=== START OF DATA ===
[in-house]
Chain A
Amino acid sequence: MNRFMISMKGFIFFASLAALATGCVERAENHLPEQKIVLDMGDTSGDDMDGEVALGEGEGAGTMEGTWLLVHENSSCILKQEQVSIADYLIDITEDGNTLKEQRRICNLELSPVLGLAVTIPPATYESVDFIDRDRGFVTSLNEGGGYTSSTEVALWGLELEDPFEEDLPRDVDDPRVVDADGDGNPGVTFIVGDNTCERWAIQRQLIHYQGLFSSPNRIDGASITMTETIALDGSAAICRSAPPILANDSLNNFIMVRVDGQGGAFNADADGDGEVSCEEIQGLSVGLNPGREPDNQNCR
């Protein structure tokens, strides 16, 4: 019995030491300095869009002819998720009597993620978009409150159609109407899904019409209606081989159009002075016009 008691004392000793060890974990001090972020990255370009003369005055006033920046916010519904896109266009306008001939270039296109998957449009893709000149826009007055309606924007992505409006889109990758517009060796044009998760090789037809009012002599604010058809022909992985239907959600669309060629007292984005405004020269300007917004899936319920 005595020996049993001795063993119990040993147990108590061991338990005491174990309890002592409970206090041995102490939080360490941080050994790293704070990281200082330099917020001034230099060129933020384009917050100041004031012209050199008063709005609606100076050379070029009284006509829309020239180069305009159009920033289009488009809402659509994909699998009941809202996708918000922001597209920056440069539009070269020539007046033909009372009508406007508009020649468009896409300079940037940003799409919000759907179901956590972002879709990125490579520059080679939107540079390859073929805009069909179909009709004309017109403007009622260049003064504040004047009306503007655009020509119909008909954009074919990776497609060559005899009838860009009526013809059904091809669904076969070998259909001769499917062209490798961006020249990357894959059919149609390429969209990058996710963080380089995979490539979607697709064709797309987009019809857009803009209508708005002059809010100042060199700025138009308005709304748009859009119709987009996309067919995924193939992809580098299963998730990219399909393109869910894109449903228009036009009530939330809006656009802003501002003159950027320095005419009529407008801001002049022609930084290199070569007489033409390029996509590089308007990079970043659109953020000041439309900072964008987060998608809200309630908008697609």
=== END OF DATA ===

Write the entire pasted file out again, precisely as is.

[in-house]
Chain A
Amino acid sequence: MNRFMISMKGFIFFASLAALATGCVERAENHLPEQKIVLDMGDTSGDDMDGEVALGEGEGAGTMEGTWLLVHENSSCILKQEQVSIADYLIDITEDGNTLKEQRRICNLELSPVLGLAVTIPPATYESVDFIDRDRGFVTSLNEGGGYTSSTEVALWGLELEDPFEEDLPRDVDDPRVVDADGDGNPGVTFIVGDNTCERWAIQRQLIHYQGLFSSPNRIDGASITMTETIALDGSAAICRSAPPILANDSLNNFIMVRVDGQGGAFNADADGDGEVSCEEIQGLSVGLNPGREPDNQNCR
């Protein structure tokens, strides 16, 4: 019995030491300095869009002819998720009597993620978009409150159609109407899904019409209606081989159009002075016009 008691004392000793060890974990001090972020990255370009003369005055006033920046916010519904896109266009306008001939270039296109998957449009893709000149826009007055309606924007992505409006889109990758517009060796044009998760090789037809009012002599604010058809022909992985239907959600669309060629007292984005405004020269300007917004899936319920 005595020996049993001795063993119990040993147990108590061991338990005491174990309890002592409970206090041995102490939080360490941080050994790293704070990281200082330099917020001034230099060129933020384009917050100041004031012209050199008063709005609606100076050379070029009284006509829309020239180069305009159009920033289009488009809402659509994909699998009941809202996708918000922001597209920056440069539009070269020539007046033909009372009508406007508009020649468009896409300079940037940003799409919000759907179901956590972002879709990125490579520059080679939107540079390859073929805009069909179909009709004309017109403007009622260049003064504040004047009306503007655009020509119909008909954009074919990776497609060559005899009838860009009526013809059904091809669904076969070998259909001769499917062209490798961006020249990357894959059919149609390429969209990058996710963080380089995979490539979607697709064709797309987009019809857009803009209508708005002059809010100042060199700025138009308005709304748009859009119709987009996309067919995924193939992809580098299963998730990219399909393109869910894109449903228009036009009530939330809006656009802003501002003159950027320095005419009529407008801001002049022609930084290199070569007489033409390029996509590089308007990079970043659109953020000041439309900072964008987060998608809200309630908008697609």